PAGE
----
Thriving in Place SLC is a city-led initiative to examine gentrification and displacement in Salt Lake City. Project consultants, city staff, and University of Utah faculty and students have been analyzing displacement risks, residents’ experiences with gentrification and displacement, and residents’ ideas to address these issues. The results of these analyses are covered in the Phase One Summary Report.
Here are the main takeaways from that report and our interpretation of what could be done to address the issues raised.
Finding 1: Salt Lake City is experiencing significant displacement, and this process has been worsening in recent years. Community members are highly concerned about displacement, and people have reported this concern throughout the city - on both the East and West sides.
Finding 2: All neighborhoods with relatively affordable housing have recently experienced displacement. That means that, if a household gets displaced from their neighborhood, there might not be other attainable places in the city where they will be able to relocate.
Finding 3: With its ongoing population growth, Salt Lake City has a severe housing shortage at every level, especially for lower-income families. Residents consider creating more affordable housing as an important objective, alongside protecting low-income renters from displacement.
Finding 4: Nearly 50% of renters in Salt Lake City are “rent burdened”, meaning that they spend more than 30% of their income on housing. Rent burden makes these households vulnerable to displacement if rents continue to increase.
Finding 5: Displacement affects people of all races and ethnicities, but it has disproportionate effects on people of color.
Finding 6: More than a third of respondents to the City’s survey reported that they want to buy a home but cannot afford it. This has at least two major consequences: (a) Moderate-income households cannot afford to buy a home and start building wealth. (b) These households are forced to remain in the rental market, which contributes to increased rental prices.
Our takes: The above findings are extremely concerning and show the need for immediate action to both produce more housing and protect vulnerable residents.
Specifically, a comprehensive set of policy actions is needed including some of the policies that the Salt Lake City Council is currently considering (October 2022):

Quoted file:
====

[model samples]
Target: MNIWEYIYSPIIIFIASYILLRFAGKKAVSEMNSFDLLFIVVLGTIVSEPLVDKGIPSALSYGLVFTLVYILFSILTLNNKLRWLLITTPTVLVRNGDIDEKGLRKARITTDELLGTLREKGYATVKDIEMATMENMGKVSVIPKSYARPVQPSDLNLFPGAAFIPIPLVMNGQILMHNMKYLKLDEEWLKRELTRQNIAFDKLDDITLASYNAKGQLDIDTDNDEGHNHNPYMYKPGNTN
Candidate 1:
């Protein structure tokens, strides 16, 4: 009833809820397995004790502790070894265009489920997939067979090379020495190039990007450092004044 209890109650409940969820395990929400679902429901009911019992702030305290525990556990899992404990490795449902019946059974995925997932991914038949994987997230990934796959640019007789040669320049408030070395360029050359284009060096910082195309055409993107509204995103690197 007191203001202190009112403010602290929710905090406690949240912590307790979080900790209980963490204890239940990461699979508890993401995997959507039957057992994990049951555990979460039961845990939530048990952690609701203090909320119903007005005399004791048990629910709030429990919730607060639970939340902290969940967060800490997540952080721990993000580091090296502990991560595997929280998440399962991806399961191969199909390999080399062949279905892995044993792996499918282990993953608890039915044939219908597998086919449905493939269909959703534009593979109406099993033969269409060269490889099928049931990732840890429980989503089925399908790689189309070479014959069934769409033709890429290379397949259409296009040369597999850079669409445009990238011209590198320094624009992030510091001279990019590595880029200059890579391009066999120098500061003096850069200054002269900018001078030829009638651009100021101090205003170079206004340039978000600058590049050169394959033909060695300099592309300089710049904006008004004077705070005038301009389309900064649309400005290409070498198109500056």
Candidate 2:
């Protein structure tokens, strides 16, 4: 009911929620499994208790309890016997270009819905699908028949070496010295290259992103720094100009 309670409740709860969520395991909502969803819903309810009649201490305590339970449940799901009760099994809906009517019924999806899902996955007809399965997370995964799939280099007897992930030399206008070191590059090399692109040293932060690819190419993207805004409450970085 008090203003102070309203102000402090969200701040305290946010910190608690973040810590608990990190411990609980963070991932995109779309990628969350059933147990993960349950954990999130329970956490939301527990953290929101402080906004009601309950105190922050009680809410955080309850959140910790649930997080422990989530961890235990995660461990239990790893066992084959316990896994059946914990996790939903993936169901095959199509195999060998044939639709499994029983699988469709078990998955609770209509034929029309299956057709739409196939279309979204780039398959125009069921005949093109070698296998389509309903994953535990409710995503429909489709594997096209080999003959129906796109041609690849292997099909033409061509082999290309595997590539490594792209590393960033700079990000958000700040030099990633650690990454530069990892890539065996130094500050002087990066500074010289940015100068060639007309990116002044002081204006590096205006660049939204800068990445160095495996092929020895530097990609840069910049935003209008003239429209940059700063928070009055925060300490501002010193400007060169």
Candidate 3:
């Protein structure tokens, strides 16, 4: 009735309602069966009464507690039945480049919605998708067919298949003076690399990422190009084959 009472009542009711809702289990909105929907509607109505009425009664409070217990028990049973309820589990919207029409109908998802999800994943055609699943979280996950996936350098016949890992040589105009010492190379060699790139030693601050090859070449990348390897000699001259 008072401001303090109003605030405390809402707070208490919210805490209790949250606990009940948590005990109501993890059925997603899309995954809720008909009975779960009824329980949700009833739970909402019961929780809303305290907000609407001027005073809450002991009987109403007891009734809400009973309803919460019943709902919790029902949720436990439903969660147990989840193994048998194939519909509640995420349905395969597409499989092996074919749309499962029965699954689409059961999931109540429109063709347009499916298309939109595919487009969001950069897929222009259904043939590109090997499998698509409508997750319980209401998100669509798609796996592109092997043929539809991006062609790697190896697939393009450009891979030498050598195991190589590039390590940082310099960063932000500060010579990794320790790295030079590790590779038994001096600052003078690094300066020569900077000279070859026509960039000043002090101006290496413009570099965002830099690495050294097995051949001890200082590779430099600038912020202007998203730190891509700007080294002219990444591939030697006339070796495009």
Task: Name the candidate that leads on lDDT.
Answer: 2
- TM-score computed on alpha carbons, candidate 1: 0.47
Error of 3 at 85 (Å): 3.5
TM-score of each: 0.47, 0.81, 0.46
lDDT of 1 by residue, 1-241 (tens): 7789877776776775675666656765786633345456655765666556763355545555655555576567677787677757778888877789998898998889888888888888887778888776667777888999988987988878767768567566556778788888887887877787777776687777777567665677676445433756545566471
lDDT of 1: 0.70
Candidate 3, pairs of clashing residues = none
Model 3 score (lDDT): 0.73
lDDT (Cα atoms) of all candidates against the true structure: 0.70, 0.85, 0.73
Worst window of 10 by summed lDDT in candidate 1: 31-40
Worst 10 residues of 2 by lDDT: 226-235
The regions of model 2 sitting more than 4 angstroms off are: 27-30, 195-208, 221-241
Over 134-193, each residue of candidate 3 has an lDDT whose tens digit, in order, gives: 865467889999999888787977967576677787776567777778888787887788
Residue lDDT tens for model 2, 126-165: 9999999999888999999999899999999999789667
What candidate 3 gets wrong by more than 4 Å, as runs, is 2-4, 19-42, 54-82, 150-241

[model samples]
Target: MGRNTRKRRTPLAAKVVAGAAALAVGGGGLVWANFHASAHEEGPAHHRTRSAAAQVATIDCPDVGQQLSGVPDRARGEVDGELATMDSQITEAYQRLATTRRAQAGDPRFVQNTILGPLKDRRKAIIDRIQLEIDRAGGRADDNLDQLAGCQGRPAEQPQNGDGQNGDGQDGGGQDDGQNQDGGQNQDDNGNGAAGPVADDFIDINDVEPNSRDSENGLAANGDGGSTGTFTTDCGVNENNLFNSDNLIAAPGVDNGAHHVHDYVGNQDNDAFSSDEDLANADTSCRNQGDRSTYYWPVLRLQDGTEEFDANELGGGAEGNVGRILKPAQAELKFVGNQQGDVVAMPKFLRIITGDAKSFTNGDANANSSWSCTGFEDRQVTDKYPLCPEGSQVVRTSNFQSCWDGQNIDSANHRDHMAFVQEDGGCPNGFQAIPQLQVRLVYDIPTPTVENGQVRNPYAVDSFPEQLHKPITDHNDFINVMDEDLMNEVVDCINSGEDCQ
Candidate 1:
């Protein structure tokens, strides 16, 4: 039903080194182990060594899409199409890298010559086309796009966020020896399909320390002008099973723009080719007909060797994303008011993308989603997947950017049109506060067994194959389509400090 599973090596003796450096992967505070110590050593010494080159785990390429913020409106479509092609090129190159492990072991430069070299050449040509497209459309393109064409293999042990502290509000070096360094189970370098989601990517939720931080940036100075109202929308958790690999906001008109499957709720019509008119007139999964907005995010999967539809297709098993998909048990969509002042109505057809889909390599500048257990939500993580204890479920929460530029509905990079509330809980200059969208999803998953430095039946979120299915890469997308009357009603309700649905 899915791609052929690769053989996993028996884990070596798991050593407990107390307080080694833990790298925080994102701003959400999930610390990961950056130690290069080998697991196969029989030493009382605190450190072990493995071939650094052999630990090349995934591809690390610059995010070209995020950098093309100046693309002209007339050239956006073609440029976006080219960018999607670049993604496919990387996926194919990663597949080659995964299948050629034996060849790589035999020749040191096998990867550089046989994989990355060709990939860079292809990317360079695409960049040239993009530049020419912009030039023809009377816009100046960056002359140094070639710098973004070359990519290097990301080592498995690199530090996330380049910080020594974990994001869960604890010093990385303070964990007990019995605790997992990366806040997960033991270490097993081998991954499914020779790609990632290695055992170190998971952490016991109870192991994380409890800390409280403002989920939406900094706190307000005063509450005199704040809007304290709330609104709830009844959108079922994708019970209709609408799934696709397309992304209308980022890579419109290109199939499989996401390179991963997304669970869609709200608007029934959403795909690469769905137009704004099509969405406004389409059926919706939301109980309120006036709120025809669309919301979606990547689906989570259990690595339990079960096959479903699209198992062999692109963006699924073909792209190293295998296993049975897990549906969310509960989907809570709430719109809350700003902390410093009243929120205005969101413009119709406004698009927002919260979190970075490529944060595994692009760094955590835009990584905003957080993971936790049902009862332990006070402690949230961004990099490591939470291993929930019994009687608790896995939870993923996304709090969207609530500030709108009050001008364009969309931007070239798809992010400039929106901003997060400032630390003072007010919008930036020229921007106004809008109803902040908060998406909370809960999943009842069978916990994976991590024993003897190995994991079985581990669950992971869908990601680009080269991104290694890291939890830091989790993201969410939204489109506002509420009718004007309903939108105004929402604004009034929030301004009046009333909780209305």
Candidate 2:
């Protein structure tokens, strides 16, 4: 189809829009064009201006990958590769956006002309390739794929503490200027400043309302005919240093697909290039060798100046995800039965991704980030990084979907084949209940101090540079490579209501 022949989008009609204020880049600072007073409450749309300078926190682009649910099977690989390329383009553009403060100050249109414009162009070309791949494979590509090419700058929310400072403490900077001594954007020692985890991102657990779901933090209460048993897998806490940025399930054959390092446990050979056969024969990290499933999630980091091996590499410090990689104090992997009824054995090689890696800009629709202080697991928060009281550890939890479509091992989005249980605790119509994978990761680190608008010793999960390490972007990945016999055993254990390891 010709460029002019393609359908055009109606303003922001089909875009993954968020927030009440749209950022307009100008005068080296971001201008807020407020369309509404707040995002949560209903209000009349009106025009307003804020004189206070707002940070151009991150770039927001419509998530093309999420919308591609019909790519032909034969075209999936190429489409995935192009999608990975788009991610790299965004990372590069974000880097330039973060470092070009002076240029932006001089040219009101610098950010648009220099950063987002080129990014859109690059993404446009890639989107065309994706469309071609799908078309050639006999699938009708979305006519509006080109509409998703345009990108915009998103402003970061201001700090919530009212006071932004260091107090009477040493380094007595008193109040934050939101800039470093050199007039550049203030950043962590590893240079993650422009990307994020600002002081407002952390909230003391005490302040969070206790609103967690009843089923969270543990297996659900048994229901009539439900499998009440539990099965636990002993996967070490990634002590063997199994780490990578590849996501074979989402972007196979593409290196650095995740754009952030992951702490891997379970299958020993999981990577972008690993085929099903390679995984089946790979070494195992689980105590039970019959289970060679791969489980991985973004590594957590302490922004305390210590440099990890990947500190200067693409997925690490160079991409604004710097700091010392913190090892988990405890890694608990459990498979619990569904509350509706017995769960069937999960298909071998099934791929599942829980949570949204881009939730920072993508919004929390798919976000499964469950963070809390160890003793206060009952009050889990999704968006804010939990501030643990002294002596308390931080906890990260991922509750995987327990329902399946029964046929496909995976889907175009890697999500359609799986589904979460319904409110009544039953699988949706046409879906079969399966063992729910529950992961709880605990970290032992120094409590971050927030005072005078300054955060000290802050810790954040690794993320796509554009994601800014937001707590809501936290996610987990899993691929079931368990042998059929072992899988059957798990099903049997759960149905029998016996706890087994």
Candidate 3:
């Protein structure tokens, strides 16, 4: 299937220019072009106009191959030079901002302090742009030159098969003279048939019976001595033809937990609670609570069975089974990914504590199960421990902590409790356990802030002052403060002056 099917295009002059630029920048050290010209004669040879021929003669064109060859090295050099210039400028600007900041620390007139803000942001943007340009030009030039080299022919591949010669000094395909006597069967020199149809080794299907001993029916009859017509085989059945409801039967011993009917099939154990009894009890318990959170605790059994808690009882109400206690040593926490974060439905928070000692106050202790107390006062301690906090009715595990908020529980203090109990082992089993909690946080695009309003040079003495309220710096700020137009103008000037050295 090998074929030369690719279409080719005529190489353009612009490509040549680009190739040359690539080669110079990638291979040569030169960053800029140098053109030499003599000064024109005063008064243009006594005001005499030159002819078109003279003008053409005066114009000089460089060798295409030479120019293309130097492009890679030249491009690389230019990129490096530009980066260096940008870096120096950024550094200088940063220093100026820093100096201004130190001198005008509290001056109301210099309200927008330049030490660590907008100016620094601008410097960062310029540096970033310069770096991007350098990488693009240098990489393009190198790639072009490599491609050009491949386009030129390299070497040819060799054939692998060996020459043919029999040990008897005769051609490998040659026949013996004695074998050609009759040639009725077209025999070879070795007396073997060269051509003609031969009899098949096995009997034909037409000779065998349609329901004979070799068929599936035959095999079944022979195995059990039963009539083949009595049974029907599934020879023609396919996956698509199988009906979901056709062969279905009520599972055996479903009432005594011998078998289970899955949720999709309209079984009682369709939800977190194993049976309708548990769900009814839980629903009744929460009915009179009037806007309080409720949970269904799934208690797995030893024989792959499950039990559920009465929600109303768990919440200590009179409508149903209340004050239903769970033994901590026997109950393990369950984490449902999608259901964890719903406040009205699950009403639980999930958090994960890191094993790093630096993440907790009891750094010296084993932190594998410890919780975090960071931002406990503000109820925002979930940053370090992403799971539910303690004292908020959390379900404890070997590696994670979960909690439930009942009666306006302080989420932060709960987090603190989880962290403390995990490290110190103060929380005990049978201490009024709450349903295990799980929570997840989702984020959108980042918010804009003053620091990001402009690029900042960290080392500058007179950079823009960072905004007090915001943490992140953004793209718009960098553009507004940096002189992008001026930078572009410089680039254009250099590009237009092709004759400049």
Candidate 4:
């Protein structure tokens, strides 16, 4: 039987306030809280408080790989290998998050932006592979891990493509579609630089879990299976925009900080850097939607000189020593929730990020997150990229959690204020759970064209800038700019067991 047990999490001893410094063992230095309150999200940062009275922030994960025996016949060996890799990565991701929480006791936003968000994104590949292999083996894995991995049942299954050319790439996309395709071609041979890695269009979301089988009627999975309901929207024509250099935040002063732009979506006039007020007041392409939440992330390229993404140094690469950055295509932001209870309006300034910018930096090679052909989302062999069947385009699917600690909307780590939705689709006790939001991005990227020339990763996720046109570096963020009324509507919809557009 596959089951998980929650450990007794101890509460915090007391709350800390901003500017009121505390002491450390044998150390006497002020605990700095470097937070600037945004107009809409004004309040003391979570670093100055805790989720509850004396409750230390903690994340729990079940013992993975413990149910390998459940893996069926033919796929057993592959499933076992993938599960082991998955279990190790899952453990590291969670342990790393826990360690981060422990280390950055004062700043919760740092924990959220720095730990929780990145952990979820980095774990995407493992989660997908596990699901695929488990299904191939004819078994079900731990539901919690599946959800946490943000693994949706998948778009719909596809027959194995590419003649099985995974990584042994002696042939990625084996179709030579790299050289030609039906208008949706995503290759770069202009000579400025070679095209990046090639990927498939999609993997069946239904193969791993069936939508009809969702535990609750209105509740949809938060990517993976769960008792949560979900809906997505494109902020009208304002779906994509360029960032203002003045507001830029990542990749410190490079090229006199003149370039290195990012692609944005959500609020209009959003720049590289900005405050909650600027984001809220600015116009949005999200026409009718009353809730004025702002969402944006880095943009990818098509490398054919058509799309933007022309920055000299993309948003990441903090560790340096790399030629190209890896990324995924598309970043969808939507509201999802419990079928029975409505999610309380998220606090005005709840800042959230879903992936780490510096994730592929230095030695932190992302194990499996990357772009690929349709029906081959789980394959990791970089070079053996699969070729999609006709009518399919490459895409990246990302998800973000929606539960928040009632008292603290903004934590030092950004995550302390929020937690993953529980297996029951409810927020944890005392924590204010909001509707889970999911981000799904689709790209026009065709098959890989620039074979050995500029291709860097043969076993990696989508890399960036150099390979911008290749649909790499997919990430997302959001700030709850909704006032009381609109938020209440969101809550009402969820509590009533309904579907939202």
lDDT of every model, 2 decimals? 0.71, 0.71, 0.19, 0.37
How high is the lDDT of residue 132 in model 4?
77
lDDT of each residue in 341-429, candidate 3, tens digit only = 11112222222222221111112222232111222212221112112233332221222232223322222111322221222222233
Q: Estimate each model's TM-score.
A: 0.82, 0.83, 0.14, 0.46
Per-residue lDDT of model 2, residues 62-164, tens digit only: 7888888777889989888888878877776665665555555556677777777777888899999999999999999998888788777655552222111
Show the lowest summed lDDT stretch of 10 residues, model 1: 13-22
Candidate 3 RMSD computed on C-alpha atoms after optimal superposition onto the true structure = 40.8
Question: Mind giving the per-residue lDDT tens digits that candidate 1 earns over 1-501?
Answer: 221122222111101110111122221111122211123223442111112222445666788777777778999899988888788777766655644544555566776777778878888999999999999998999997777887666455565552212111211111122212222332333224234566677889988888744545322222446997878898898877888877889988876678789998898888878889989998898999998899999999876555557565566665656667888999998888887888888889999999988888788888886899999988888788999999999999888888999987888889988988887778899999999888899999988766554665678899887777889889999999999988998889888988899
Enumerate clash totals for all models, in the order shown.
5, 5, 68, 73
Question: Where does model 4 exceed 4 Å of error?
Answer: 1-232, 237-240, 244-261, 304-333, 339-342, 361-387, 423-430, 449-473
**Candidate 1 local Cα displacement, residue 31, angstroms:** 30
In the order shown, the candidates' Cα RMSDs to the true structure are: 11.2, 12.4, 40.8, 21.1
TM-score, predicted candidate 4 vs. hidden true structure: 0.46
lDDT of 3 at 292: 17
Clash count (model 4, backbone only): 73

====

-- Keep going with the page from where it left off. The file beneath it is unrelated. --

- Pass the RMF-30 reform to produce more attainable “missing-middle” housing that can provide homeownership opportunities.
- Pass the off-street parking updates to remove barriers to the production of rental and for-sale housing.
- Pass a version of the Affordable Housing Incentives to facilitate the production of market-rate and more affordable, deed-restricted housing units. Pair this policy with a “right to return” policy, which involves prioritizing displaced families to return to their neighborhood when such deed-restricted units become available.
- Pass the Shared Housing Proposal to enable the production of micro-units, which have been found to provide affordable options for diverse groups of people (e.g., college students).
- Pass the Accessory Dwelling Units proposed code changes to facilitate the production of affordable rental units, including in high-opportunity areas. Remove owner-occupancy requirements for the main units to further enhance the production of these units.
- Update the Housing Loss Mitigation ordinance to reduce the impacts of displacement when existing units are demolished. The city has been considering changes to this ordinance for a few years, and recent indications are that a new proposed version of this policy will be released soon.
- Invest in new deeply affordable subsidized housing units, throughout the city, especially taking advantage of publicly owned land to create new sites for such units.
- Increase funding for housing vouchers for low-income families, especially targeting families who are at risk of displacement or have been recently displaced due to rent increases or evictions.